# How do you find the key?

Discussion in 'General Instruction [BG]' started by nikofthehill, Jun 8, 2002.

1. ### nikofthehill

Jul 30, 2001
san jose, CA
If you are listening to a song, how do you figure out what key it is in? Is there a better way than trial and error?
-nik

2. ### tummage

Apr 23, 2002
New Orleans, La
Nick,
With time and experience you will be able to tell keys and progression out the air w/out having to even touch a bass. But remember I said with time. Only a very few humans are blessed with perfect pitch, and the ability or knowledge to use it. The rest of us do it the hard way at first.

Suggestion-- Find out all you can about the Solfege method -I hope I spelled that right. It is basically the Do Ray Me song. After you find one note, you can sing up or down to the next in the series until they're all nailed down.

It also takes some knowledge of the number system.
which to be brief is any major scale. The first note is one, 2nd is two -get the idea.
Once familiar with this system you can recognize progressions. ex. I, VI, IIm, V.

Oh and not to upset you, but the first note of every song is not neccessarily the key of the song.
In fact, there are some songs where the key of a song is (x) but you never play (x) in the song.
How's that for fun.

Please someone more eloquent than I help this poor beleagered soul. I feel as though I have confused him and myself.
tummage

3. ### nikofthehill

Jul 30, 2001
san jose, CA
thanks tummage
i think i understood your post, so don't worry about the confusion. i was just wondering if there was an easier way?
-nik

4. ### mflaherty

Oct 9, 2001
When I was ten my parents got me a guitar for Christmas. It came with an instruction book written by a guy named Jerry Oddo. One of the first paragraphs in the book stated something to the effect that the first note of the melody and the first chord of the song don't always tell you the key, but the last note of the melody and the last chord of the song usually do. Jerry was talking about simple folk songs, but I have since found it to be true for most kinds of popular music.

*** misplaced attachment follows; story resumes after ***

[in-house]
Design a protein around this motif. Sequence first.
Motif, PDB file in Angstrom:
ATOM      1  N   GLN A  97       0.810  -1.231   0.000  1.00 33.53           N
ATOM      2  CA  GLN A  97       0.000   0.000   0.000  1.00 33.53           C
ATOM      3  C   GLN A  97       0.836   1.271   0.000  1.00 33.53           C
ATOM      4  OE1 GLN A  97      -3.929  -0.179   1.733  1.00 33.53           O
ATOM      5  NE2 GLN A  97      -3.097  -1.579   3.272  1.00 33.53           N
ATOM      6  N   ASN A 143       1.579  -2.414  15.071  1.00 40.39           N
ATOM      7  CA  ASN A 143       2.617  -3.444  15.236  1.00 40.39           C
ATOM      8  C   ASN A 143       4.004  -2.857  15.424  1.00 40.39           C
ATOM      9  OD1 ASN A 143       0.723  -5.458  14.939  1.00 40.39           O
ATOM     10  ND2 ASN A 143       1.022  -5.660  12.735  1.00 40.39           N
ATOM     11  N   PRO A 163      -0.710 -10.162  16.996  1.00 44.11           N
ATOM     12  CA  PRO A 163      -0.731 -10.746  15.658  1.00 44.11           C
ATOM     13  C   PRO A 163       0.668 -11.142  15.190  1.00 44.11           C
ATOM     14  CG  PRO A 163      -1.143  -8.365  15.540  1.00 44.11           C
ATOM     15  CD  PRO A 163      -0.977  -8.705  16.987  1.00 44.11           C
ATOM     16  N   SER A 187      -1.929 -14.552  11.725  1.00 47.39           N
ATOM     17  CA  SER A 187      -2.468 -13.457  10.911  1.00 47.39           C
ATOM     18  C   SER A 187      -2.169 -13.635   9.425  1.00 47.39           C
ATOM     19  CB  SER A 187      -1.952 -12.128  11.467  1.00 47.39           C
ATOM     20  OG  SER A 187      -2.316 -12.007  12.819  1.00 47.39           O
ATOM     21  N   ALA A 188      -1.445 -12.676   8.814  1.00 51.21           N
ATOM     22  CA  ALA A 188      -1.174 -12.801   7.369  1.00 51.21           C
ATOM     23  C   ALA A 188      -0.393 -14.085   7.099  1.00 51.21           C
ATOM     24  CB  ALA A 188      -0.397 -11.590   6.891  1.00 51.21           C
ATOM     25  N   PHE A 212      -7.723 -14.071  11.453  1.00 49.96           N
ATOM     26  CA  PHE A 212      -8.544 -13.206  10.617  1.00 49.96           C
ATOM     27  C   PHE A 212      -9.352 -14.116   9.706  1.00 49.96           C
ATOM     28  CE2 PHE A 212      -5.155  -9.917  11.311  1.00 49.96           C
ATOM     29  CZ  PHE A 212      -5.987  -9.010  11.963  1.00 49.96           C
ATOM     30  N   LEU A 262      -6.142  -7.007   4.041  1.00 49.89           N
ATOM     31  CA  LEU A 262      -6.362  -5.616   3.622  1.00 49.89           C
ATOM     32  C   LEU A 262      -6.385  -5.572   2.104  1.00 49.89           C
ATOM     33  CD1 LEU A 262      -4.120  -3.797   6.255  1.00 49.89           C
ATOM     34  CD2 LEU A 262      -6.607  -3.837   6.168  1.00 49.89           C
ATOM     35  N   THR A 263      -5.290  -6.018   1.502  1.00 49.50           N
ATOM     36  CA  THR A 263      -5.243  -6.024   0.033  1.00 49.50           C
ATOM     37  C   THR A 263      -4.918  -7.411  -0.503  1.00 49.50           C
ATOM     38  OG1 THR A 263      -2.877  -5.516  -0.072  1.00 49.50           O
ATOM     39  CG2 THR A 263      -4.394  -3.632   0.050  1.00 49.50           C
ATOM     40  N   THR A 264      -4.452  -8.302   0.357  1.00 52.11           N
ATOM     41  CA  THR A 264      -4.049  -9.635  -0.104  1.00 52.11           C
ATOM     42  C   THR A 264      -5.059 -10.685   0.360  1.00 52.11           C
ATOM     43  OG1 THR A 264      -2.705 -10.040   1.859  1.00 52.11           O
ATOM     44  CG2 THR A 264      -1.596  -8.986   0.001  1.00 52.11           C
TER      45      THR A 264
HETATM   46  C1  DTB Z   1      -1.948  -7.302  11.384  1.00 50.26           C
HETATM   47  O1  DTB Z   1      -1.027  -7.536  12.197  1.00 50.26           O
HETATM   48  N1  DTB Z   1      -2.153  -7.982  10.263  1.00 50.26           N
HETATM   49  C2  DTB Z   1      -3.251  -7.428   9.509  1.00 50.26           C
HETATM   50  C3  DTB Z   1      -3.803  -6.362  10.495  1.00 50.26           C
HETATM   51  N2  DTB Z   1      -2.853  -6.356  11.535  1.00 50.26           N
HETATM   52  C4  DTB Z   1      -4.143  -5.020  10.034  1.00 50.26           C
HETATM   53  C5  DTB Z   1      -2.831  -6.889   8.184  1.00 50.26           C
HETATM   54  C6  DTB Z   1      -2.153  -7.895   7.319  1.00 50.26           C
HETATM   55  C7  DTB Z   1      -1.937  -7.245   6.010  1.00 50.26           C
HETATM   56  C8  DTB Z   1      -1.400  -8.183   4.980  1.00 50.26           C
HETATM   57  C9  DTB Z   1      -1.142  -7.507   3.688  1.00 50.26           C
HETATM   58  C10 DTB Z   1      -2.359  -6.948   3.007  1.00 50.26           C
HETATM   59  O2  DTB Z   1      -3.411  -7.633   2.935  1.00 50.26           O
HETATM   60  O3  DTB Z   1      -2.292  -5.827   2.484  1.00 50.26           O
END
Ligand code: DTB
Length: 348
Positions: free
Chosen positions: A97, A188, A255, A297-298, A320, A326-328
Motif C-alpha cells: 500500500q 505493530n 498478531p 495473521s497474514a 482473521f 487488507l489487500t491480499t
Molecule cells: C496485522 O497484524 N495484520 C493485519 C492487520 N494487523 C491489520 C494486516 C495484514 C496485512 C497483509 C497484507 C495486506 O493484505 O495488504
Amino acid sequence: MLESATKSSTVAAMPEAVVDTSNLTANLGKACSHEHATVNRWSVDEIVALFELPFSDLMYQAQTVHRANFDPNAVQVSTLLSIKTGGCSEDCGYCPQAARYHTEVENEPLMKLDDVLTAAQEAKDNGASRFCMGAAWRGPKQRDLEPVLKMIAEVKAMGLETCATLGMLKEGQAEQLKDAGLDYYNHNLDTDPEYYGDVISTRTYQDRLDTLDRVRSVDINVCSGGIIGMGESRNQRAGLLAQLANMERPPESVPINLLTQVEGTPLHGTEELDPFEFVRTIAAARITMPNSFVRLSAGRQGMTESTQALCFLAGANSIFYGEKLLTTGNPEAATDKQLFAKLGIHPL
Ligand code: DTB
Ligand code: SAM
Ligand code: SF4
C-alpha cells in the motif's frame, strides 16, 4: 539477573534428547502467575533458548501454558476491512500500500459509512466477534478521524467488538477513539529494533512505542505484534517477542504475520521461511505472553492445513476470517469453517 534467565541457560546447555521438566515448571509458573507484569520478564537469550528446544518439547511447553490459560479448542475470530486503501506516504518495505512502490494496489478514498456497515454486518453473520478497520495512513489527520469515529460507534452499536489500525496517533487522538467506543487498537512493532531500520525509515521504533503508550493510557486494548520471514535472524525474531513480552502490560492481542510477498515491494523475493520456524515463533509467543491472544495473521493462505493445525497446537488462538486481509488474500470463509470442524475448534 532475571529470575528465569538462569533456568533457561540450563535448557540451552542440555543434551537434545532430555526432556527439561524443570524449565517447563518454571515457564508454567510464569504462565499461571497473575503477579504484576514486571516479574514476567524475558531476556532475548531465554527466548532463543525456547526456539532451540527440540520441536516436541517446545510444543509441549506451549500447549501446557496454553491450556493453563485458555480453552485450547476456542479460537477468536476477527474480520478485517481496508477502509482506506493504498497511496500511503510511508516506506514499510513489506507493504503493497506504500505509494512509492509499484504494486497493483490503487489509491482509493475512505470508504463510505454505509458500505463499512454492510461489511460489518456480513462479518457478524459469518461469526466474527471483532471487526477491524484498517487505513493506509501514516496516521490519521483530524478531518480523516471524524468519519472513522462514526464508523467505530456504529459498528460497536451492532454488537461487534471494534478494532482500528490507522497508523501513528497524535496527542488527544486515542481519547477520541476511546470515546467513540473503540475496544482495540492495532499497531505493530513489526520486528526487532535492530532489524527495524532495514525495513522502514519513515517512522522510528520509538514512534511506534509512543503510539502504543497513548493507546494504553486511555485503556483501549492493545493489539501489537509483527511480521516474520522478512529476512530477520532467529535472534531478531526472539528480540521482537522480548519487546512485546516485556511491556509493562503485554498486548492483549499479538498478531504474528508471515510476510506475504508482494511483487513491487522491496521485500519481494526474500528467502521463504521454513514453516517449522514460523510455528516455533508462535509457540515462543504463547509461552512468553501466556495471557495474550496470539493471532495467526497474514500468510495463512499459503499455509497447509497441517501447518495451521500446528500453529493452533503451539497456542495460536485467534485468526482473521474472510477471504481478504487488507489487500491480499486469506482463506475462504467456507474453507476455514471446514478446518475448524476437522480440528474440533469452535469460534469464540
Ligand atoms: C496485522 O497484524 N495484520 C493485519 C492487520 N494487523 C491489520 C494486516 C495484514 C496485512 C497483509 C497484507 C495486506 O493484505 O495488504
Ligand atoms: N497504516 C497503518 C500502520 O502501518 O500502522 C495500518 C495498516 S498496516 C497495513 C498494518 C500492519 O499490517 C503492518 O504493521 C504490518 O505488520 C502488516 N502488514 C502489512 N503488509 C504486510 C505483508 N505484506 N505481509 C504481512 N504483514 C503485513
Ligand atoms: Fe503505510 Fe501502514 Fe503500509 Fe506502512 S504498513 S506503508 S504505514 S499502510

5. ### Brad Barker

Apr 13, 2001
berkeley, ca
bryan beller wrote an interesting (and useful!) article in bass player awhile ago titled "the poor man's perfect pitch"

he wrote a note and gave one or two songs that had an easily identifiable example of that note. he even gave examples of intervals.

you can take that concept further.

eg-the minor 7th: the major riff in tool's "stinkfist" (E...D)

minor 3rd: first two notes of the "higher ground" riff
(E..G)

E: the beginning of "Purple Haze"

hope that helps any!

6. ### nikofthehill

Jul 30, 2001
san jose, CA
thanks a lot!

7. ### cassanova

Sep 4, 2000
Florida
learn this, it also has something to do with key signatures.

circle of 5ths

8. ### supergreg

Jan 20, 2002
Yes, definitely learn this. Its a bit confusing at first so dont get discouraged.

9. ### Deckered

Jun 9, 2002
You really have to listen for the tone of the song. If the song sounds bluesy or distressed, you're probably talking about a minor key. If the song is more upbeat, its probably centered on a major key. This doesn't always hold true, but i think the best way to begin to figure out keys by ear is to figure out the differences between the tones or moods of the different keys.

10. ### beermonkey

Sep 26, 2001
Seattle, WA
That wacky Beller guy...

I have done this for years for hearing different intervals when writing out or figuring out stuff. A fifth is the Imperial theme from the old Parkay/butter commercials... (dut dut dut daahh!!)

11. ### Deckered

Jun 9, 2002
Yeah, and a major third would be the first two chords of nirvana's lithium

12. ### Brad Barker

Apr 13, 2001
berkeley, ca
your using the word "imperial" reminded me of this...

since i play lots of arpeggios and inversions (good exercises when creativity is a bit low...), i can identify them fairly well...

so i was able to pick out darth vader's theme! very cool.

it's just an inversion of Dm (with 5th under the root). all of the notes AFAIK are either D, F, or A.

(well, assuming that it is in the key of D. i don't have any of the movies so i have to kinda guess to the best of my ability...but this is what this thread is about, eh? ironic if it's in, like, F# or something )